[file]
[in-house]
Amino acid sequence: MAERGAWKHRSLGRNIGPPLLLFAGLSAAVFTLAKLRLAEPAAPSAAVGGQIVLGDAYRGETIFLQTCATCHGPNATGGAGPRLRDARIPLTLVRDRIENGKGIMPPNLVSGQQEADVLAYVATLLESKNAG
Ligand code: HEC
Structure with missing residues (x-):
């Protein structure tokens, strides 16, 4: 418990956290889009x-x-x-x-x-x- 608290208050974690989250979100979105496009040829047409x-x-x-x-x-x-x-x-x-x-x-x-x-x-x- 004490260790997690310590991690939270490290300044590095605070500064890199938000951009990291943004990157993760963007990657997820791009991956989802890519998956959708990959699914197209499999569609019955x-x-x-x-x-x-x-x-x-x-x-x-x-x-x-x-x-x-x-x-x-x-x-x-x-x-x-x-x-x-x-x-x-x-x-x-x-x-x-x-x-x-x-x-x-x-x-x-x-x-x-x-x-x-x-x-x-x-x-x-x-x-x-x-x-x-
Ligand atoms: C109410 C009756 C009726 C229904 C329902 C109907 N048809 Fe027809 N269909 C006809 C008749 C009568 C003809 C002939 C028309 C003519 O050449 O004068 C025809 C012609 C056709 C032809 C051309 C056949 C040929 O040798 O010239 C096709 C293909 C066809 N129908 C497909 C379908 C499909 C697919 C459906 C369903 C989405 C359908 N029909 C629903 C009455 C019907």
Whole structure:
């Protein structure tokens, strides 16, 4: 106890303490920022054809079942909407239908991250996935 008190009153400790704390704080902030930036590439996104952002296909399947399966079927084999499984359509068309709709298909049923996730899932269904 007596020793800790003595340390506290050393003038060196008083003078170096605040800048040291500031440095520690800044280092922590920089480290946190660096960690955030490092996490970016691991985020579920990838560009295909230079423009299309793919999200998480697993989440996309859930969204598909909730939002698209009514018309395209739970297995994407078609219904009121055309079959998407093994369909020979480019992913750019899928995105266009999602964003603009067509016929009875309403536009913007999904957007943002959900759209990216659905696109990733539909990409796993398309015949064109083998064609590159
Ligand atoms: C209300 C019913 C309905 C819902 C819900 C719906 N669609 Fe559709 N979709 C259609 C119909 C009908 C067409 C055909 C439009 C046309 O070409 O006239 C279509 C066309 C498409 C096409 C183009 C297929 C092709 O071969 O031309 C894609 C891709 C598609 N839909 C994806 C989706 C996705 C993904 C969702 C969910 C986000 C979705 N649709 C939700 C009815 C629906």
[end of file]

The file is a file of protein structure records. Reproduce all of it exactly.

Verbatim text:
[in-house]
Amino acid sequence: MAERGAWKHRSLGRNIGPPLLLFAGLSAAVFTLAKLRLAEPAAPSAAVGGQIVLGDAYRGETIFLQTCATCHGPNATGGAGPRLRDARIPLTLVRDRIENGKGIMPPNLVSGQQEADVLAYVATLLESKNAG
Ligand code: HEC
Structure with missing residues (x-):
């Protein structure tokens, strides 16, 4: 418990956290889009x-x-x-x-x-x- 608290208050974690989250979100979105496009040829047409x-x-x-x-x-x-x-x-x-x-x-x-x-x-x- 004490260790997690310590991690939270490290300044590095605070500064890199938000951009990291943004990157993760963007990657997820791009991956989802890519998956959708990959699914197209499999569609019955x-x-x-x-x-x-x-x-x-x-x-x-x-x-x-x-x-x-x-x-x-x-x-x-x-x-x-x-x-x-x-x-x-x-x-x-x-x-x-x-x-x-x-x-x-x-x-x-x-x-x-x-x-x-x-x-x-x-x-x-x-x-x-x-x-x-
Ligand atoms: C109410 C009756 C009726 C229904 C329902 C109907 N048809 Fe027809 N269909 C006809 C008749 C009568 C003809 C002939 C028309 C003519 O050449 O004068 C025809 C012609 C056709 C032809 C051309 C056949 C040929 O040798 O010239 C096709 C293909 C066809 N129908 C497909 C379908 C499909 C697919 C459906 C369903 C989405 C359908 N029909 C629903 C009455 C019907």
Whole structure:
């Protein structure tokens, strides 16, 4: 106890303490920022054809079942909407239908991250996935 008190009153400790704390704080902030930036590439996104952002296909399947399966079927084999499984359509068309709709298909049923996730899932269904 007596020793800790003595340390506290050393003038060196008083003078170096605040800048040291500031440095520690800044280092922590920089480290946190660096960690955030490092996490970016691991985020579920990838560009295909230079423009299309793919999200998480697993989440996309859930969204598909909730939002698209009514018309395209739970297995994407078609219904009121055309079959998407093994369909020979480019992913750019899928995105266009999602964003603009067509016929009875309403536009913007999904957007943002959900759209990216659905696109990733539909990409796993398309015949064109083998064609590159
Ligand atoms: C209300 C019913 C309905 C819902 C819900 C719906 N669609 Fe559709 N979709 C259609 C119909 C009908 C067409 C055909 C439009 C046309 O070409 O006239 C279509 C066309 C498409 C096409 C183009 C297929 C092709 O071969 O031309 C894609 C891709 C598609 N839909 C994806 C989706 C996705 C993904 C969702 C969910 C986000 C979705 N649709 C939700 C009815 C629906």